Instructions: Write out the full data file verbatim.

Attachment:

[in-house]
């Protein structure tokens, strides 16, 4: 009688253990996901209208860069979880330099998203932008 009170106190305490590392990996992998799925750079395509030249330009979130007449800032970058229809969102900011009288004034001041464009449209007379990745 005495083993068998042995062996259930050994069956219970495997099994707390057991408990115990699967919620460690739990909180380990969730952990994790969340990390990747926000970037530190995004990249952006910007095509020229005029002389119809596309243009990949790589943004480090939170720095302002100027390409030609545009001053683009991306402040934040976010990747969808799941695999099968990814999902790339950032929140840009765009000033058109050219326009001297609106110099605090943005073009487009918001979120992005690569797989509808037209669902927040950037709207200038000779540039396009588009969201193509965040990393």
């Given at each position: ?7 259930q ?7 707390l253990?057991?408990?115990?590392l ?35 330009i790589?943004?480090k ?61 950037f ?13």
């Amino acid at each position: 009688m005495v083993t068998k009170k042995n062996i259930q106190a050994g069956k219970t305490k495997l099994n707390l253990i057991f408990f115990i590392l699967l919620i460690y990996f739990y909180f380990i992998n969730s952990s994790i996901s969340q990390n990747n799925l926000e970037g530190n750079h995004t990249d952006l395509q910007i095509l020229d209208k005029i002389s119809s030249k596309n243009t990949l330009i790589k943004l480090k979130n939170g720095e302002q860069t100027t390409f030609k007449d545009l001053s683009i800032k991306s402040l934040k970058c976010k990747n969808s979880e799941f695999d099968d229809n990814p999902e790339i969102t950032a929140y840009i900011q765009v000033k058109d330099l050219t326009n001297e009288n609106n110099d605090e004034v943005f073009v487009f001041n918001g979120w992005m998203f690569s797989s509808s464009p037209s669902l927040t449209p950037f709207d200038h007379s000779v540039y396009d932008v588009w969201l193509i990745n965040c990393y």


[in-house]
């Protein structure tokens, strides 16, 4: 009688253990996901209208860069979880330099998203932008 009170106190305490590392990996992998799925750079395509030249330009979130007449800032970058229809969102900011009288004034001041464009449209007379990745 005495083993068998042995062996259930050994069956219970495997099994707390057991408990115990699967919620460690739990909180380990969730952990994790969340990390990747926000970037530190995004990249952006910007095509020229005029002389119809596309243009990949790589943004480090939170720095302002100027390409030609545009001053683009991306402040934040976010990747969808799941695999099968990814999902790339950032929140840009765009000033058109050219326009001297609106110099605090943005073009487009918001979120992005690569797989509808037209669902927040950037709207200038000779540039396009588009969201193509965040990393």
């Given at each position: ?7 259930q ?7 707390l253990?057991?408990?115990?590392l ?35 330009i790589?943004?480090k ?61 950037f ?13």
């Amino acid at each position: 009688m005495v083993t068998k009170k042995n062996i259930q106190a050994g069956k219970t305490k495997l099994n707390l253990i057991f408990f115990i590392l699967l919620i460690y990996f739990y909180f380990i992998n969730s952990s994790i996901s969340q990390n990747n799925l926000e970037g530190n750079h995004t990249d952006l395509q910007i095509l020229d209208k005029i002389s119809s030249k596309n243009t990949l330009i790589k943004l480090k979130n939170g720095e302002q860069t100027t390409f030609k007449d545009l001053s683009i800032k991306s402040l934040k970058c976010k990747n969808s979880e799941f695999d099968d229809n990814p999902e790339i969102t950032a929140y840009i900011q765009v000033k058109d330099l050219t326009n001297e009288n609106n110099d605090e004034v943005f073009v487009f001041n918001g979120w992005m998203f690569s797989s509808s464009p037209s669902l927040t449209p950037f709207d200038h007379s000779v540039y396009d932008v588009w969201l193509i990745n965040c990393y």